Hong Kong International Jazz Festival, Days 1-3, September 25-27, 2011
The lyrics, as much as the melody, of Michel Legrand's "The Windmills of Your Mind" seemed tailor-made for Tander (left); the combination of the poetic ("like the ripples from a pebble someone tosses in a stream") and the surreal ("the world is like an apple whirling silently in space") summed up Tander's unique vocals, which draw from diverse sources both linguistically and stylistically. Whether singing in Pashtu, Spanish or English, or her own striking improvised language, Tander was both lyrical and challenging.
On occasion, as during "Becoming," Tander's improvisations recalled Korean jazz singer Youn Sun Nah, though the language was her own. The trio demonstrated skilful interplay, raising and lowering the tension and altering the dynamics in subtle yet striking ways. Pianist Leidingerplaying only his second gig with the quartetgave an assured performance and, when given rein, demonstrated fine chops. His solo on an Al Jarreau number was particularly soulful, though the song was most memorable for an improvised exchange between Tander and Nillesen, with the drummer dropping lots of bass pedal bombs to powerful effect. On "Closed Eyes," Nillesen again caught the eye with his controlled freedom and striking accents.
Tander's dreamlike rendition of singer/songwriter Nick Drake's "Riverman," with Nillesen on brushes, was a nicely intimate interlude. A composition penned by Heineking, featured a lyrical bass intro, before developing into a feature for piano, Tander loosely mirroring the lovely bass melody in a strong number. The slow bolero, "Obssession," saw Tander switching to Spanish, brooding one minute and passionate the next. A lament , "Between the Bars," closed an absorbing set on another intimate note. Tander is a singular talent; her obvious vocal strengths and commanding stage presence, with excellent trio support, made an impression on the small but appreciative audience, and she is clearly a name to watch out for.
Unfortunately, it was impossible to make the only concert of the day, the Irene Atman Quartet, at the Mira, as the time clashed with one in the series of In Dialogue With Jazz talks. "Jazz in South East Asia," brought together a panel consisting of three regional jazz festival directors: Paul Augustin of the Penang Island Jazz Festival, Santi Wonsawat of the Samui International Jazz Festival in Thailand, and Atsuko Yahsima of the Tokyo Jazz Festival. Anyone with a rudimentary grasp of South East Asian geography will know that Japan does not fall in that region, but nobody was quibbling with the opportunity to gain an insight one of Asia's most prestigious jazz festivals.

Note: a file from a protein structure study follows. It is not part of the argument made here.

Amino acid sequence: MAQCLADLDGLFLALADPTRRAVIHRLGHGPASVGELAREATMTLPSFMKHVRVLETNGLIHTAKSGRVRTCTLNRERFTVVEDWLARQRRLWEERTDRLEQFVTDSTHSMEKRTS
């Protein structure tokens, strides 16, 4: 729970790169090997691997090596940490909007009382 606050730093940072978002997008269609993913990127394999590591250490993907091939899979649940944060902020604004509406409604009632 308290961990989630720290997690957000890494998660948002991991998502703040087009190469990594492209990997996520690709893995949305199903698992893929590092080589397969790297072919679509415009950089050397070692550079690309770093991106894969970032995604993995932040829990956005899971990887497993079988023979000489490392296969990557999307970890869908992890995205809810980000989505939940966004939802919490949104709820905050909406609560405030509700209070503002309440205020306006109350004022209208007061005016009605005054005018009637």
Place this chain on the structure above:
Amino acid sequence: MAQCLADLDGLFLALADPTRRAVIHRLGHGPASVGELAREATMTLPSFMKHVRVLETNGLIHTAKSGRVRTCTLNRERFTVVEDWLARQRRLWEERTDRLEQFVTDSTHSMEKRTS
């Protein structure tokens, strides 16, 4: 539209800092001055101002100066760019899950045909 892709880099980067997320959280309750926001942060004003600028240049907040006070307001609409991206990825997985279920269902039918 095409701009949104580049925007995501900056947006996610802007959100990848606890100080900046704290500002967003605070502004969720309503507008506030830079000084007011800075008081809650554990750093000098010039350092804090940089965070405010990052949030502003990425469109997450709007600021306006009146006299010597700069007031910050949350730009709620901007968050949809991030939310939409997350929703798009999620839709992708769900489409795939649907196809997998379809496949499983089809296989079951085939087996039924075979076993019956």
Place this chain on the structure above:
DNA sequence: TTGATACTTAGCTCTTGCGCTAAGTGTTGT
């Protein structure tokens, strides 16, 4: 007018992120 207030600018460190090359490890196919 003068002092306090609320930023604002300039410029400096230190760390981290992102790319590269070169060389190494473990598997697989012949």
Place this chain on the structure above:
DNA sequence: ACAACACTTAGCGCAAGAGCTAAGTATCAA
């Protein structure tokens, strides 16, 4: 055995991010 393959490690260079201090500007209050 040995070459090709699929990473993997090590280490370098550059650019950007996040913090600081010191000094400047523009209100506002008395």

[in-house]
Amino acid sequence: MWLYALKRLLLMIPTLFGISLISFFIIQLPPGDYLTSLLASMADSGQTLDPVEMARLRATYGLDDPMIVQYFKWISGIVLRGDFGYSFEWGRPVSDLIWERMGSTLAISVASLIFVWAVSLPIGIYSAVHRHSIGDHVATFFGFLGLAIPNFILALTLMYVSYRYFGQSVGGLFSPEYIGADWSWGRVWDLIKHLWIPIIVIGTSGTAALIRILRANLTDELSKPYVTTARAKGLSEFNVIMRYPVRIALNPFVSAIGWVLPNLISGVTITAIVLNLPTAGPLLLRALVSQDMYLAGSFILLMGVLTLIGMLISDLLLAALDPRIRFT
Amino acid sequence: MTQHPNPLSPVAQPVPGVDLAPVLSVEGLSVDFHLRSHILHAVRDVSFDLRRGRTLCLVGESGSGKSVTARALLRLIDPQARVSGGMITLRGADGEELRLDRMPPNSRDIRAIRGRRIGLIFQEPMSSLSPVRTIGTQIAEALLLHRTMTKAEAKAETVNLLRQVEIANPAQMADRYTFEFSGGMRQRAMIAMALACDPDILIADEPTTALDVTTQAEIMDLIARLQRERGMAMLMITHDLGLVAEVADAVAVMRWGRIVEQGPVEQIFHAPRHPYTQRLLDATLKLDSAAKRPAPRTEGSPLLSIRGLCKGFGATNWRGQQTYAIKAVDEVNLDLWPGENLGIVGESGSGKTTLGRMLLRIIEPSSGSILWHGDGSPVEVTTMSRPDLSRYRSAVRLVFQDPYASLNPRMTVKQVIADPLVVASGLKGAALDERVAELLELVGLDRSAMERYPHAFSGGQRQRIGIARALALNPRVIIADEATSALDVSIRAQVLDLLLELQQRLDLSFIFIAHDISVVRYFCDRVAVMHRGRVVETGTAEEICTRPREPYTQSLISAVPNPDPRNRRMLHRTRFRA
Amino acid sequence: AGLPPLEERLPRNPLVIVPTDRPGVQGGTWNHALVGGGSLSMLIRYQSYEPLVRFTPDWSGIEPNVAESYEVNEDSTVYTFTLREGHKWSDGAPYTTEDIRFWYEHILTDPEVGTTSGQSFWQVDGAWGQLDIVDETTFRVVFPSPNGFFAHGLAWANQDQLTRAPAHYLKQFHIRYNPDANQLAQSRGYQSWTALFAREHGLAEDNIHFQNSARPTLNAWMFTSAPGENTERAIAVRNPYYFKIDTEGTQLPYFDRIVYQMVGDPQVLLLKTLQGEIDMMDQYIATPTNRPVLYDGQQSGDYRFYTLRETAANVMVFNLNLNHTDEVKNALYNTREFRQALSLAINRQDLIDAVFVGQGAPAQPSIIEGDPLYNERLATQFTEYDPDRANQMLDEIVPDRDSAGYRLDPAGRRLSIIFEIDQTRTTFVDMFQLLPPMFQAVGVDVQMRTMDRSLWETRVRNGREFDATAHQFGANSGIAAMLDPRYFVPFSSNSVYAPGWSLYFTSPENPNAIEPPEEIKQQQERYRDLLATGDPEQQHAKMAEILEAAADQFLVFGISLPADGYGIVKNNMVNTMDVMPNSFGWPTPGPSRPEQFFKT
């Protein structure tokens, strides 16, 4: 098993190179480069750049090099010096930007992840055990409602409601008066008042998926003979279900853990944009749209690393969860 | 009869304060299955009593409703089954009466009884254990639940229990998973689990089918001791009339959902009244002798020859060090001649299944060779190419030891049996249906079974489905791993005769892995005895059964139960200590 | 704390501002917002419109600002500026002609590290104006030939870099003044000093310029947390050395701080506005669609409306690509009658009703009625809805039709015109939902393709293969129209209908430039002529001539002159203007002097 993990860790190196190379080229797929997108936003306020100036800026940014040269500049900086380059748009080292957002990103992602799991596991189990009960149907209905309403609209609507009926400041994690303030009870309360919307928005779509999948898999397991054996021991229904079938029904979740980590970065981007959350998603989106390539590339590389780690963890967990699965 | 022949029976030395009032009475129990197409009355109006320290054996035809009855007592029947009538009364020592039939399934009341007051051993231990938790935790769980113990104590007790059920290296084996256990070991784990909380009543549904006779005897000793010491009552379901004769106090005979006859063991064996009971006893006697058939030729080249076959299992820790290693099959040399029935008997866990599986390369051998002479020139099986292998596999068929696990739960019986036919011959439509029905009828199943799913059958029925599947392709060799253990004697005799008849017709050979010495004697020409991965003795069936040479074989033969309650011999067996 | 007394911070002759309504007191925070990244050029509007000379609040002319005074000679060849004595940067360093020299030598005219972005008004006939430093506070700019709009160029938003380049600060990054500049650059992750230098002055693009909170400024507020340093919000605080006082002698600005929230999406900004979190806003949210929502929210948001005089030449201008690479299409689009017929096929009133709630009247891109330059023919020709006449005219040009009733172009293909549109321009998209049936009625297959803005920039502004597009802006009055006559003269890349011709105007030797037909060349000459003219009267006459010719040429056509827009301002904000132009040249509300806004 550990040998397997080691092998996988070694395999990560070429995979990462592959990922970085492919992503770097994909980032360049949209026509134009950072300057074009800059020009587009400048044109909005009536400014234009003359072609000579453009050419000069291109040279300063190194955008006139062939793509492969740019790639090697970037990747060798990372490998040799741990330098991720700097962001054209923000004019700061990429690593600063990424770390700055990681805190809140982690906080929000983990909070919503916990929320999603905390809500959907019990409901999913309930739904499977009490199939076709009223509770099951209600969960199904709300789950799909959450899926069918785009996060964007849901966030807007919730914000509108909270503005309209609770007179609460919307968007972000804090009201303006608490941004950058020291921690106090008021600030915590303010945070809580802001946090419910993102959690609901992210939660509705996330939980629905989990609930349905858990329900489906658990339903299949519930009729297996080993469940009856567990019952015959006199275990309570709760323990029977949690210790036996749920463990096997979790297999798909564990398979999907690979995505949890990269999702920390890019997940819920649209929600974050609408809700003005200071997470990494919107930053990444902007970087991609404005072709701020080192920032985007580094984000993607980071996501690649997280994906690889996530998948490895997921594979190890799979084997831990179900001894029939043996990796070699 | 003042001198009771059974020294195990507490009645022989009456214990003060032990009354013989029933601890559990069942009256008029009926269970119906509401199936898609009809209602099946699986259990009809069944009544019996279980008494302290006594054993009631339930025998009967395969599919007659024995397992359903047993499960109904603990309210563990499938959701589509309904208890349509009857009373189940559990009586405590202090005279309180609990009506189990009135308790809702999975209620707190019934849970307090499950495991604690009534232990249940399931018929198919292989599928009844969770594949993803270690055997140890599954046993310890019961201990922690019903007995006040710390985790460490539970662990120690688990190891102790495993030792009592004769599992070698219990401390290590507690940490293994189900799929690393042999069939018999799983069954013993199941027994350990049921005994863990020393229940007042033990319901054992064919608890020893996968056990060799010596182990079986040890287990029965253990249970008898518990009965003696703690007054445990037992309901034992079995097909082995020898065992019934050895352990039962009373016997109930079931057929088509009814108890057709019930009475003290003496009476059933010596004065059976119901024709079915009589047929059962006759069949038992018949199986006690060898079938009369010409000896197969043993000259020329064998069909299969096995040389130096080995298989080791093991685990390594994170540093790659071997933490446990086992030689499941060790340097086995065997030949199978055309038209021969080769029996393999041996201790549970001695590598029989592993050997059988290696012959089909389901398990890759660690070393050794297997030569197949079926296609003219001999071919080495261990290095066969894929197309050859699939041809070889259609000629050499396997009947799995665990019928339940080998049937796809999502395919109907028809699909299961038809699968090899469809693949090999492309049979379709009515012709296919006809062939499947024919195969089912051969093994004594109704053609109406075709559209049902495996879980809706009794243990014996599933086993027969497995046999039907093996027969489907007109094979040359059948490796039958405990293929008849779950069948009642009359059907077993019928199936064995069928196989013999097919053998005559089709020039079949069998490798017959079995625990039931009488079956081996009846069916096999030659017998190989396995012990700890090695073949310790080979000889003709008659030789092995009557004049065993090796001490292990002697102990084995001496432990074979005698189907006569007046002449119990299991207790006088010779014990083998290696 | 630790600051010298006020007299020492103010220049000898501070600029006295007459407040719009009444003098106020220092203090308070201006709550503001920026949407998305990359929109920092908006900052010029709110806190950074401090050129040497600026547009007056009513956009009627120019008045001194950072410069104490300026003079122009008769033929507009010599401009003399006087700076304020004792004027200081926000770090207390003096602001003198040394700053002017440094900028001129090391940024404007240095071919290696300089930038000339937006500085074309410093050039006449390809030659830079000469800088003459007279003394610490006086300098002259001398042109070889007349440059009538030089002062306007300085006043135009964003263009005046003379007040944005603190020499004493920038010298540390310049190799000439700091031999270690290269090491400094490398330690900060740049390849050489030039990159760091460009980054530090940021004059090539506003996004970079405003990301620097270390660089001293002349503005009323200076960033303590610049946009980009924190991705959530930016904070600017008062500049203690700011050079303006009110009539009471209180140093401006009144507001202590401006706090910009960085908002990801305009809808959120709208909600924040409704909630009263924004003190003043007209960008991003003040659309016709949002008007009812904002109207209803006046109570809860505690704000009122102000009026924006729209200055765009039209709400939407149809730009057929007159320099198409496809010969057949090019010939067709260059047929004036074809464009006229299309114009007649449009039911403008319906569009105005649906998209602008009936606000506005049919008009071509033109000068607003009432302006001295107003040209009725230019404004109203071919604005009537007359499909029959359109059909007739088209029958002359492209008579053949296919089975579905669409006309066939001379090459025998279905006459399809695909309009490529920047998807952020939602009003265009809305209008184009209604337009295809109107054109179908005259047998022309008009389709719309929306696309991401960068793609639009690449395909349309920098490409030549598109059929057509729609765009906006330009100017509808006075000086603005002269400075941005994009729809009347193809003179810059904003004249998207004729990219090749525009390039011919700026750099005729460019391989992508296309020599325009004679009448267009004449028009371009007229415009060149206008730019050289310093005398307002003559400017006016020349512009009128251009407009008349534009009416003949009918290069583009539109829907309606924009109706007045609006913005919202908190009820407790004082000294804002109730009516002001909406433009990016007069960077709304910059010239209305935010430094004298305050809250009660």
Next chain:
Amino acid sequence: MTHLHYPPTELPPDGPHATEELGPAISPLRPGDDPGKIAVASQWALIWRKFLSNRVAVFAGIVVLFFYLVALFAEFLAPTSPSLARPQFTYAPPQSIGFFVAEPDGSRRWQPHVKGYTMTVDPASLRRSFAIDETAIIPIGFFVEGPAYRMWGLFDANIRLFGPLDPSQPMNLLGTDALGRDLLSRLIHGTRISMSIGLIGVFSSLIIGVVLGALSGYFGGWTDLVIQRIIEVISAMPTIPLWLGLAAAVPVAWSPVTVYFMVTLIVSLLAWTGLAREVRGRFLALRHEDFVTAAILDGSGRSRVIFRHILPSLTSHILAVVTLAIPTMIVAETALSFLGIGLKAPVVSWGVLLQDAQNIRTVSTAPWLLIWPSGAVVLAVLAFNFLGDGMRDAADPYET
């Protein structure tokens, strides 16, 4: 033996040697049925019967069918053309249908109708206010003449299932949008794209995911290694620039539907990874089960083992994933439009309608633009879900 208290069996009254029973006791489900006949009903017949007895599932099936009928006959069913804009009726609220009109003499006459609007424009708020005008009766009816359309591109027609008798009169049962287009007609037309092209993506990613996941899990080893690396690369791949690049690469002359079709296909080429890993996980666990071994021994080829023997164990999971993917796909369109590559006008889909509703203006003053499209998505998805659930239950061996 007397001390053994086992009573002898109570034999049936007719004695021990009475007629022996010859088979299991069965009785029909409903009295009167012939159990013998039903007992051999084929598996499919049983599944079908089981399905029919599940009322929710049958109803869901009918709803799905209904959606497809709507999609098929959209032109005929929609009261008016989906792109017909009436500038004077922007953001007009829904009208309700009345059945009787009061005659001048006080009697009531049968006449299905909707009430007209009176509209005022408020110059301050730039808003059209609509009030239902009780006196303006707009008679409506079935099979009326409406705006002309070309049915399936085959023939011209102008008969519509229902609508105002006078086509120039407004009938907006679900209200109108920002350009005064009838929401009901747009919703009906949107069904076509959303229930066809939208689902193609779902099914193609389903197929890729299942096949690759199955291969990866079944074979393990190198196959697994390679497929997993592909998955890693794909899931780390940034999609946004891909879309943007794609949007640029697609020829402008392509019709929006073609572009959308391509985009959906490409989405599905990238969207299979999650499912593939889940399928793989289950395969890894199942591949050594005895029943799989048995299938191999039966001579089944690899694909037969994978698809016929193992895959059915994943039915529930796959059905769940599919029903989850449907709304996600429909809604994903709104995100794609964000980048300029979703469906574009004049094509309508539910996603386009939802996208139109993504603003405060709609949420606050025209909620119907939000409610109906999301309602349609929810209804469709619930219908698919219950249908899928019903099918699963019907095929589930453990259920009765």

From left: David Miller, Atsuko Yashima, Santi Wongsawat, Paul Augustin
Broadly speaking, the talk centered around the challenges of setting up and running a sustainable jazz festival in Asia, though moderator David Millerformer Director of Operations and Finance at San Francisco Jazz summed up the feelings of the panel: "It's been said that you can make a small fortune in running a jazz festival as long as you start off with a large fortune in the first place." Yashima, whose Tokyo Jazz Festival celebrated its 10th edition this year, gave a presentation on the tsunami, its aftereffects in the worst affected areas, and the efforts of jazz musicians to help boost peoples' moral.
In a short segment of a mini-documentary, keyboardist Bob James came to Japan and gave a recital of his specially composed piece of music with musicians from Iwate, which was devastated by the tsunami. It was clearly an emotional occasion for all those present at the concert. Yahsima recounting how one man had said that he had taken no pleasure from anything in life since the tsunami until that concert, and that it lifted his spirit and encouraged him to go forward. Music alone isn't going to rebuild Iwate but, as this documentary showed, it did go a long way to help bolster the spiritindividually and collectivelyof the town. Yashima noted, "I don't think that any other type of music is able to cross boundaries as quickly as jazz," and drew comparison to the jazz community's response in the face of Hurricane Katrina, which wreaked such terrible damage on New Orleans in 2005.